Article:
24 January 2003
Orange And a Cancer Are Linked, a Study Shows
By CHRISTOPHER MARQUIS
Jan. 23 — Exposure to high levels of Agent Orange, the widely
used defoliant in the Vietnam War, is associated with a slight increase
in the incidence of a form of leukemia, researchers have determined.
report from the
Institute of Medicine has found that veterans exposed to Agent
Orange three decades ago were at greater risk for chronic lymphocytic
leukemia, a fast-moving and deadly cancer. As a result of the study,
the Veterans Affairs Department announced today that it would extend
benefits to veterans with the disease.
a terrible tragedy to contract this disease," Veterans Affairs
Secretary Anthony J. Principi said. "We are taking steps to
ensure that veterans are receiving the benefits they need."
finding is the latest link between battlefield exposure to chemicals
and clusters of disease among veterans. Agent Orange, which American
forces sprayed from planes to clear Vietcong jungle havens in South
Vietnam and parts of Cambodia, has been associated with other cancers,
diabetes and birth defects. About 10,000 veterans receive disability
benefits because of their exposure to dioxin in Agent Orange or
2001, Mr. Principi extended benefits to veterans of the Persian
Gulf war who suffer from amyotrophic lateral sclerosis, or Lou Gehrig's
disease, after studies found them to be nearly twice as likely to
contract the disease as other troops.
have come to learn that environmental hazards of the battlefield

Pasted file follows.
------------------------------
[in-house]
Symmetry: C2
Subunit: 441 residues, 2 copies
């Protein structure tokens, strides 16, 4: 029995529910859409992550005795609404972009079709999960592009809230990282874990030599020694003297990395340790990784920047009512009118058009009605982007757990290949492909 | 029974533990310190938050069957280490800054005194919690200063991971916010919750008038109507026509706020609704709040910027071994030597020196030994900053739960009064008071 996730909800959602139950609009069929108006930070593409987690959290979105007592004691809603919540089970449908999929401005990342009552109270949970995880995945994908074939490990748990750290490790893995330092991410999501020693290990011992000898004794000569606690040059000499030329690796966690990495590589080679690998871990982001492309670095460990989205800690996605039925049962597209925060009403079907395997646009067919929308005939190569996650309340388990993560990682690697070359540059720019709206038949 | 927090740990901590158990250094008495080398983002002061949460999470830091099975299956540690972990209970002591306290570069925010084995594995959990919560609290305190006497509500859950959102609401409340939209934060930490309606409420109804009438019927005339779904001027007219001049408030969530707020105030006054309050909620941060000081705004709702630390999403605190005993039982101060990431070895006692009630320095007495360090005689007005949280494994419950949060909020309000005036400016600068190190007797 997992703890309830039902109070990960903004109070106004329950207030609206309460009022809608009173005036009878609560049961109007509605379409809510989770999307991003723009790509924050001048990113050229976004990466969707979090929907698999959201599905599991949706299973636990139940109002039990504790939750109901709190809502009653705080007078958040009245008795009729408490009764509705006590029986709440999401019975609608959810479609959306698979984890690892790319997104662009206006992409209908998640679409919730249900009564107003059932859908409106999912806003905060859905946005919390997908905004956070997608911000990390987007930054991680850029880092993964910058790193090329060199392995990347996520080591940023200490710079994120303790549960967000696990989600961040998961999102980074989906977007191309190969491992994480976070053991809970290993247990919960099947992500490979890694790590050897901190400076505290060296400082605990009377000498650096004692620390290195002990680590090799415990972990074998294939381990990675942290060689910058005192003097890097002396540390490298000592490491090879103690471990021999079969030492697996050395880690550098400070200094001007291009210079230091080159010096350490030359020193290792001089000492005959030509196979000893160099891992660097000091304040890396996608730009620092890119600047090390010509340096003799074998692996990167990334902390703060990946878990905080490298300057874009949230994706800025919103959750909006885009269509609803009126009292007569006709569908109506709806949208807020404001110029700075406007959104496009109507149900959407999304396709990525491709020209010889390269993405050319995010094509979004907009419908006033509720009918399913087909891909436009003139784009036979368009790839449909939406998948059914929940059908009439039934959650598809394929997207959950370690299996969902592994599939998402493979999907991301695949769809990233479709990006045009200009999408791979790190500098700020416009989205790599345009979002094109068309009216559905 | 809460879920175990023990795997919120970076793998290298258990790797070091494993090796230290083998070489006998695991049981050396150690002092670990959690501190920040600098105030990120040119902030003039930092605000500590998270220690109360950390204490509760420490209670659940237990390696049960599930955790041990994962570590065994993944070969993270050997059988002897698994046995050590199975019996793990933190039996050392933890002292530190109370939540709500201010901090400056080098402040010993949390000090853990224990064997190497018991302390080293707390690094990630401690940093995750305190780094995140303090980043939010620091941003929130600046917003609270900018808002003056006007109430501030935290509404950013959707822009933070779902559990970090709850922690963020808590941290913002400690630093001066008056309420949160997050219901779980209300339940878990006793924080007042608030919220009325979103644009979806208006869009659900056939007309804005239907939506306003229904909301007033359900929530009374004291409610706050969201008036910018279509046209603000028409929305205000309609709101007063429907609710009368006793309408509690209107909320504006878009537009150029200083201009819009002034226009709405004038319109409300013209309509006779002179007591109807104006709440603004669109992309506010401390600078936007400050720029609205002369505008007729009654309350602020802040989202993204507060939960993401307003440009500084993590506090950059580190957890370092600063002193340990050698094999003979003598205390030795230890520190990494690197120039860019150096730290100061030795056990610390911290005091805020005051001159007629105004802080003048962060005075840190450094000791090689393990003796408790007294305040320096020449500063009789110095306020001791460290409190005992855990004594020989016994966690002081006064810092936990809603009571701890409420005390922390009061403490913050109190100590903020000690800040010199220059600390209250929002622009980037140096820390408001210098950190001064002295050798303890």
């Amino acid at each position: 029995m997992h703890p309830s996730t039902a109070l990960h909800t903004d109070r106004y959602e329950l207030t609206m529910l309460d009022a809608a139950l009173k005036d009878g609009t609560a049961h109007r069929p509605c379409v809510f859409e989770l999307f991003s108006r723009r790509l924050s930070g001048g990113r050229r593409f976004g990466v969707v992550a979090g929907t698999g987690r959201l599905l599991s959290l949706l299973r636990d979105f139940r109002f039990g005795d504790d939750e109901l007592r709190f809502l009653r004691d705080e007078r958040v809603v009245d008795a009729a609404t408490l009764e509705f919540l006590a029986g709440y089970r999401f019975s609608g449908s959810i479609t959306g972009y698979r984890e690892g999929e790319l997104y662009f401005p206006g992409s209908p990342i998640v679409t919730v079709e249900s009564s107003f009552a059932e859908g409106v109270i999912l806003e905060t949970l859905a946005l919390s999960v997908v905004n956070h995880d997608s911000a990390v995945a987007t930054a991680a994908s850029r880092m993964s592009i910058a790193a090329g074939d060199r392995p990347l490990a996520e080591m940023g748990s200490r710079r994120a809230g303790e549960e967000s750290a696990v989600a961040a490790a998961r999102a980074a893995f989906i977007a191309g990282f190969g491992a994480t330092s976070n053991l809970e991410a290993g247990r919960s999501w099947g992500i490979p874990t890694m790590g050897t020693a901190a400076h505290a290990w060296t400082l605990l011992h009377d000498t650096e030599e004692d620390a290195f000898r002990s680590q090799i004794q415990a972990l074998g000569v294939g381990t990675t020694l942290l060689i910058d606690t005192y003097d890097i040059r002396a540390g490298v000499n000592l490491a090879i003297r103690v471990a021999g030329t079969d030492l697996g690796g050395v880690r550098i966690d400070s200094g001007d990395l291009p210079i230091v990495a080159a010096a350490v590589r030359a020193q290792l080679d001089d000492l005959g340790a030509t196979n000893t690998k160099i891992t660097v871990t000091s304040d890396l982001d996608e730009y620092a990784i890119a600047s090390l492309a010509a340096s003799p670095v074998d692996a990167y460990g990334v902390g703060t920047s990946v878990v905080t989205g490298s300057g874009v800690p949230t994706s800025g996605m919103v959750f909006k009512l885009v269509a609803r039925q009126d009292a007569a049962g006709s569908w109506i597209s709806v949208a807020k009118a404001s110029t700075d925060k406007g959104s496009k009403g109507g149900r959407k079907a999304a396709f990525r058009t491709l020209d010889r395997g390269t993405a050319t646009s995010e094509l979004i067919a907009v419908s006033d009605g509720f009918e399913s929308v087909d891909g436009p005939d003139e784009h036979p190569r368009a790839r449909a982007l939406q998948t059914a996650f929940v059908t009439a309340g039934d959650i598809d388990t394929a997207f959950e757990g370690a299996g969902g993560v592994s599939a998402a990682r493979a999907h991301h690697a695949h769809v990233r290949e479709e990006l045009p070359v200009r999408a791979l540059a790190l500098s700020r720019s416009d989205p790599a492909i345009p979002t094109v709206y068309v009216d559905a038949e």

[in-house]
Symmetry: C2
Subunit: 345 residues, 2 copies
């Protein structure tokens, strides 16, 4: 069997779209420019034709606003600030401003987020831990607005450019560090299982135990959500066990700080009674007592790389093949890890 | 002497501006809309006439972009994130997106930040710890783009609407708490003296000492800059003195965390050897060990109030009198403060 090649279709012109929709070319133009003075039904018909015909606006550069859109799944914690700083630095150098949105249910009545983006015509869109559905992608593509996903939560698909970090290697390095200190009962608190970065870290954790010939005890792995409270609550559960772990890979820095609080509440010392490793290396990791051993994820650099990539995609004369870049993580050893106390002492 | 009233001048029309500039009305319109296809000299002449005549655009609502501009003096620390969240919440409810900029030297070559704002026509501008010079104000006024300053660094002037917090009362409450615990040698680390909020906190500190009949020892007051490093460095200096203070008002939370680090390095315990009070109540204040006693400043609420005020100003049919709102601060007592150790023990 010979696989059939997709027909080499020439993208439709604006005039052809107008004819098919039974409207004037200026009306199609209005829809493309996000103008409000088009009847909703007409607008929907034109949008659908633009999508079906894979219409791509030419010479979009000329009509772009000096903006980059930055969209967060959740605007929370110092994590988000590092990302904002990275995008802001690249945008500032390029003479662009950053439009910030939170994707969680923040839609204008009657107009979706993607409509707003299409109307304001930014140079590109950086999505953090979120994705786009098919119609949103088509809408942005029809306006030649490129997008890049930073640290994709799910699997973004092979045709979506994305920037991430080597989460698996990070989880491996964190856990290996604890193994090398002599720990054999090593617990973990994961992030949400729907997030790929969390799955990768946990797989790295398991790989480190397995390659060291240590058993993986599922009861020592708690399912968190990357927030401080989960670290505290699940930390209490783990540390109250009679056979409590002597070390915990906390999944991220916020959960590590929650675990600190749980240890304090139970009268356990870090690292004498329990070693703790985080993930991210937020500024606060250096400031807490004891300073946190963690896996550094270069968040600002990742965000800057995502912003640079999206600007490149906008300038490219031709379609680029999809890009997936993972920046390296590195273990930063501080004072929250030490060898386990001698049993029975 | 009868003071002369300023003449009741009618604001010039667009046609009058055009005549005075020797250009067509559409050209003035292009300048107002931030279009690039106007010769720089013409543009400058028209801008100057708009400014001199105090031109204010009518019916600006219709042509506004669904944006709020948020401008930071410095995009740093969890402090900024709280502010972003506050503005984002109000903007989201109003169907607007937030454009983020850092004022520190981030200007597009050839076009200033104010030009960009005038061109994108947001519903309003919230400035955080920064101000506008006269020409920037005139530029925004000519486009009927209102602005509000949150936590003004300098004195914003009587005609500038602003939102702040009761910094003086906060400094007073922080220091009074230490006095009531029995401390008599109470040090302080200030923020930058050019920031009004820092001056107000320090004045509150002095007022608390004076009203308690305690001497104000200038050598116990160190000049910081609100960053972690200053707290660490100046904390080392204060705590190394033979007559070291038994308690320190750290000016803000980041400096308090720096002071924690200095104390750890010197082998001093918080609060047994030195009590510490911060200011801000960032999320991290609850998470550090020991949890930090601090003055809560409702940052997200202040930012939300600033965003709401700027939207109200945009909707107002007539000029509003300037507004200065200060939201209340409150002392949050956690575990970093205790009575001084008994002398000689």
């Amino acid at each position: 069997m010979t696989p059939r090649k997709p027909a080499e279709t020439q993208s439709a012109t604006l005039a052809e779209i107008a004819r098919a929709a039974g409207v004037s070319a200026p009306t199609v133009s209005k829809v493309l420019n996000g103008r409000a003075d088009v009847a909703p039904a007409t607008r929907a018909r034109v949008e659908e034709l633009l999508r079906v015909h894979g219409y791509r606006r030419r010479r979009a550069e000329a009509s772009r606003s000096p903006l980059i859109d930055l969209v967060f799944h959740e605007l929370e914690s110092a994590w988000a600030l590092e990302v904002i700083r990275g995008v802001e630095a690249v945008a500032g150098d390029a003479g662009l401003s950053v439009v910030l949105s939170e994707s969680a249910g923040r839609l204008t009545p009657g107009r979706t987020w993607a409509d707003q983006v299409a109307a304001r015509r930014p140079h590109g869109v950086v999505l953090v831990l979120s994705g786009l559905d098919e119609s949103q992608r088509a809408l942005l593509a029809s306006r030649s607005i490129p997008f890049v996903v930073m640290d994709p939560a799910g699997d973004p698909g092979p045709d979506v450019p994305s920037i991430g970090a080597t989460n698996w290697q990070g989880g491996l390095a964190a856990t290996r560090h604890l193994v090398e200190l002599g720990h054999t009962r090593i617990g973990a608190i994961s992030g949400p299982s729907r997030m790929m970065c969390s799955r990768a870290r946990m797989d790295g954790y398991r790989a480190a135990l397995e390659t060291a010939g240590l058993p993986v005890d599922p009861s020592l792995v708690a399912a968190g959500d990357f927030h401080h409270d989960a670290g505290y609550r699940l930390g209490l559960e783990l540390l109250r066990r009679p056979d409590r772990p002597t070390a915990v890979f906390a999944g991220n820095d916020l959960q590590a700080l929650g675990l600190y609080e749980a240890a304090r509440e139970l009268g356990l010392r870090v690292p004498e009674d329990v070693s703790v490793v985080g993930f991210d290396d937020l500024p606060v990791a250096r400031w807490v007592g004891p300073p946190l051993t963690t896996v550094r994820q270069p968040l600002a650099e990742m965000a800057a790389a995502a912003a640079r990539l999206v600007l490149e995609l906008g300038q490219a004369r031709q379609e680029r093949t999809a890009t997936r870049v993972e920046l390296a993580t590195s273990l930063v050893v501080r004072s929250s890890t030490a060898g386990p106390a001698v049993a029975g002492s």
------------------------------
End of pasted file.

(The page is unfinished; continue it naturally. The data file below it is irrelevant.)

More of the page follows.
can prove to be as disabling or deadly as the more traditional form
of combat," he said in an interview.
now, the relationship between Agent Orange and chronic lymphocytic
leukemia, or CLL, has been murky. Although the disease is the most
common form of leukemia, it is still considered rare. About 7,000
cases were diagnosed last year in the United States, presenting
researchers with a small sample from which to draw conclusions.
panel at the Institute of Medicine, which Congress finances as part
of the National Academy of Sciences, took a different tack when
researchers noted that lymphocytic leukemia, although classified
as leukemia, shared many traits with Hodgkin's disease and non-Hodgkin's
lymphoma, both of which had been linked to herbicide exposure.
similarities between CLL and lymphomas, which we have long known
to be associated with exposure to the types of chemicals used in
Agent Orange and other defoliants, began to raise questions about
whether CLL should be considered separately from other forms of
leukemia," said Irva Hertz-Picciotto, a professor of epidemiology
who was chairwoman of the panel. "The data are sufficient to
support a link between herbicide exposure and this type of cancer."
Principi said the incidents of the cancer among veterans were relatively
few, though he estimated that his department would hear from as
many as 1,000 new patients a year. Because of the findings, veterans
will not have to prove that their illnesses stemmed from Agent Orange
exposure. Evidence of military service and a physician's diagnosis
will be sufficient, the secretary said.
on the severity of the disability, veterans will be entitled to
up to $2,300 a month, officials said.